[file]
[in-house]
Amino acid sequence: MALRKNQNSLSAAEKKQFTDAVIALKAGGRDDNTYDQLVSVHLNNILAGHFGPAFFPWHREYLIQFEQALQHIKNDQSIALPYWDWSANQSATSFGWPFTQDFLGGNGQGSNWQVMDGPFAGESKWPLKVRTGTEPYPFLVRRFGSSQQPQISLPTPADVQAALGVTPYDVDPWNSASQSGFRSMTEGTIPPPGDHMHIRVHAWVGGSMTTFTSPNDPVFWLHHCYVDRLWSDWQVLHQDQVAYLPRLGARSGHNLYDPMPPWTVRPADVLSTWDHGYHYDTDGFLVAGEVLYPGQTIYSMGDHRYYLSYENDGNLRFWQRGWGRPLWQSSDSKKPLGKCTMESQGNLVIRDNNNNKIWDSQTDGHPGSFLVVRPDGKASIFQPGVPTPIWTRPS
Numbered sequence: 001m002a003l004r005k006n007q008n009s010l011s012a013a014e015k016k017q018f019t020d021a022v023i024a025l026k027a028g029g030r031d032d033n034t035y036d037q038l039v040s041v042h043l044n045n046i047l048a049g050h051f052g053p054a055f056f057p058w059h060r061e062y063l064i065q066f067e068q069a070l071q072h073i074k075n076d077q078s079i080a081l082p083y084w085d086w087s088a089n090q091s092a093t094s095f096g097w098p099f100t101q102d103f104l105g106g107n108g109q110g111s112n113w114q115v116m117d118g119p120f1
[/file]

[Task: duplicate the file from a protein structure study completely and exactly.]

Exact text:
[in-house]
Amino acid sequence: MALRKNQNSLSAAEKKQFTDAVIALKAGGRDDNTYDQLVSVHLNNILAGHFGPAFFPWHREYLIQFEQALQHIKNDQSIALPYWDWSANQSATSFGWPFTQDFLGGNGQGSNWQVMDGPFAGESKWPLKVRTGTEPYPFLVRRFGSSQQPQISLPTPADVQAALGVTPYDVDPWNSASQSGFRSMTEGTIPPPGDHMHIRVHAWVGGSMTTFTSPNDPVFWLHHCYVDRLWSDWQVLHQDQVAYLPRLGARSGHNLYDPMPPWTVRPADVLSTWDHGYHYDTDGFLVAGEVLYPGQTIYSMGDHRYYLSYENDGNLRFWQRGWGRPLWQSSDSKKPLGKCTMESQGNLVIRDNNNNKIWDSQTDGHPGSFLVVRPDGKASIFQPGVPTPIWTRPS
Numbered sequence: 001m002a003l004r005k006n007q008n009s010l011s012a013a014e015k016k017q018f019t020d021a022v023i024a025l026k027a028g029g030r031d032d033n034t035y036d037q038l039v040s041v042h043l044n045n046i047l048a049g050h051f052g053p054a055f056f057p058w059h060r061e062y063l064i065q066f067e068q069a070l071q072h073i074k075n076d077q078s079i080a081l082p083y084w085d086w087s088a089n090q091s092a093t094s095f096g097w098p099f100t101q102d103f104l105g106g107n108g109q110g111s112n113w114q115v116m117d118g119p120f1